(Note: This pile did not include the studies of pet-induced injuries – for example, the 85,000 people each year who are taken to emergency rooms because of falls caused by tripping over their pets, or the 800,000 individuals, mostly children, who receive medical attention for dog bites, or the fascinating array of diseases people can contract from pets, such as MRSA, salmonella, hookworm, toxoplasmosis and cat-scratch fever.)
The ugly pile consisted mostly of epidemiological studies in which pet people were found to be at greater risk than non-pet people for problems such as depression, anxiety, panic attacks, chronic tiredness, insomnia, obesity, hypertension, gastric ulcers, high cholesterol, and migraine headaches.
There is, of course, no evidence that pets are the CAUSE of these problems – just as there is little real evidence that pets cause better health. (I discuss the problem of conflating causality and correlation in this article on pets and health.)
Nonetheless, one study found that pet owners had elevated diastolic blood pressure, higher BMI’s and were more likely smoke cigarettes.
And then there is the 2010 study of how heart attack victims fared a year after their initial coronary. After taking demographic and basic health differences into account, the researchers discovered that the pet owners in the group were twice as likely as non-pet owners to have either died of a heart attack or to have been readmitted to the hospital for cardiac problems. Ouch!
The Bottom Line
But, you ask, if the research on the “pet effect” is such a muddle of inconsistency, why do so many people believe it is an established scientific fact?
One reason is that we want to believe that our pets are good for us. Another is that the media loves “feel good” animal stories, yet usually ignores studies that do not support the pet effect hypothesis. In addition, the $50-billion dollar-a-year pet products industry is pushing the idea that a sweet little Yorkie can lower your blood pressure, make you lose weight, and drive away the blues.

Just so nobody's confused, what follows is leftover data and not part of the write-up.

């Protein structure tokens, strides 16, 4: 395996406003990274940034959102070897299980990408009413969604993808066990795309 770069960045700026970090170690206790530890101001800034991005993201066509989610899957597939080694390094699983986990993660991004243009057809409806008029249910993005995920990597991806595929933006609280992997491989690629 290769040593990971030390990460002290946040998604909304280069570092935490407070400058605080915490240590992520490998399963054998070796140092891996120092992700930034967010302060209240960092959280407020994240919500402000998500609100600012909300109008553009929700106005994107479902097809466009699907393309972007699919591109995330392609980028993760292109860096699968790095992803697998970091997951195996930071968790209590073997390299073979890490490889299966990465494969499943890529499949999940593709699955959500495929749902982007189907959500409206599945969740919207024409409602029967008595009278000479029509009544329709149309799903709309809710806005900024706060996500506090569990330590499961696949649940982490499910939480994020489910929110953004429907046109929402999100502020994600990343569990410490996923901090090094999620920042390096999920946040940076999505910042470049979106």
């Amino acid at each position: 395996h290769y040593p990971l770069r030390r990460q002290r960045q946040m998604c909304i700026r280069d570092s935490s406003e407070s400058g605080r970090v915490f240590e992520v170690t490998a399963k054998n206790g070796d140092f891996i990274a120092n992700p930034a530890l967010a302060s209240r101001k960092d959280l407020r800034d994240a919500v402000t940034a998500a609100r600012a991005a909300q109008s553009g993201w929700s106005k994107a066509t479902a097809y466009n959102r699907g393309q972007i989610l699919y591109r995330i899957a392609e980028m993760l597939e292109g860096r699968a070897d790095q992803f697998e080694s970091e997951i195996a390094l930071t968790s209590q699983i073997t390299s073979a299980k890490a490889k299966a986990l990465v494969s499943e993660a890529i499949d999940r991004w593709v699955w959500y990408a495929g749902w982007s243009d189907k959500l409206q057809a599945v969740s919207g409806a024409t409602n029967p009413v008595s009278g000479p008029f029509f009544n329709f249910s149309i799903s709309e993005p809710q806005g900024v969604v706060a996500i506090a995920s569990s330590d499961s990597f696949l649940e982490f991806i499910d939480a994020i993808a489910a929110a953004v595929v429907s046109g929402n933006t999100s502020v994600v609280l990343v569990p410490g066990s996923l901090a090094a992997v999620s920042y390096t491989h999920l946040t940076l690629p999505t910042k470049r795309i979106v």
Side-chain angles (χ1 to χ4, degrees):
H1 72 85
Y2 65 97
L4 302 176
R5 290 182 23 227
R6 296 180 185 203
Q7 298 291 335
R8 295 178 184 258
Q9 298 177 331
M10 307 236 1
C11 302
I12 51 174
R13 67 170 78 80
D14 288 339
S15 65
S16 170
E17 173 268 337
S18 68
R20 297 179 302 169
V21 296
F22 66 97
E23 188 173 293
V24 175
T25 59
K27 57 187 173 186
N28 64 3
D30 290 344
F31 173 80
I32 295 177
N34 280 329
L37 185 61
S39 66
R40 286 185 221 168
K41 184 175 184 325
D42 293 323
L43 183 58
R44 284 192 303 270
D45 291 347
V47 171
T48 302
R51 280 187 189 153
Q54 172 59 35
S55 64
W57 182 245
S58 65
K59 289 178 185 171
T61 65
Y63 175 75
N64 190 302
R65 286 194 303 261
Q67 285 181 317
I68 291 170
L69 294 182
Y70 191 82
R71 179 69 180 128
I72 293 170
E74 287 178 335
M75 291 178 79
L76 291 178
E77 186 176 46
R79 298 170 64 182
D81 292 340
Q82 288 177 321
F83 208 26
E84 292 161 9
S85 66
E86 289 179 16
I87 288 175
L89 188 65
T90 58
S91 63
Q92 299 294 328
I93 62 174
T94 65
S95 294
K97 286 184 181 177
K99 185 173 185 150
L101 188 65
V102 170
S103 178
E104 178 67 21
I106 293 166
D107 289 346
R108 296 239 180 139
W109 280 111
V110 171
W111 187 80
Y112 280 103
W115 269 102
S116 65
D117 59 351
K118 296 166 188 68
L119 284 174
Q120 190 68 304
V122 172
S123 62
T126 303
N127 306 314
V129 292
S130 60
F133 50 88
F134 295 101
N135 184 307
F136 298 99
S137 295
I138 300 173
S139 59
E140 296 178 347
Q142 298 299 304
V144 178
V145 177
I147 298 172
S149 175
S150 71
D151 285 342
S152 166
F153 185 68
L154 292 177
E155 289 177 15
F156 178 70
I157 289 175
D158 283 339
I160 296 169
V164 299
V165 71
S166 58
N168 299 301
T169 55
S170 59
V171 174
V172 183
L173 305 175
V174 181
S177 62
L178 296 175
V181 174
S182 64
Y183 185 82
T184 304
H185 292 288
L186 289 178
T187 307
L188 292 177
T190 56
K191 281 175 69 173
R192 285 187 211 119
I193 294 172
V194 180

The bottom line, however, is that despite 30 years of research, “the pet effect” is not an established fact but an as yet unsubstantiated hypothesis.
I will discuss some reasons why the studies on of pets on human health and happiness are so inconsistent in my next post. But right now, my cat Tilly is meowing. She wants me to stop writing and play a round of “chase the laser pointer red dot.”
For references to the research described in this post and more detailed discussions of the pet effect research literature, see Chapter 3 (“Pet-O-Philia: Why Do Humans –and Only Humans – Love Pets) in my book on human-animal relationships or this draft of my article on pets and human health in the August 2011 issue of Current Directions in Psychological Science.
Hal Herzog is a psychologist at Western Carolina University whose research focuses on our attitudes towards and interactions with other species. His book Some We Love, Some We Hate, Some We Eat: Why It’s So Hard to Think Straight About Animals is published by HarperCollins.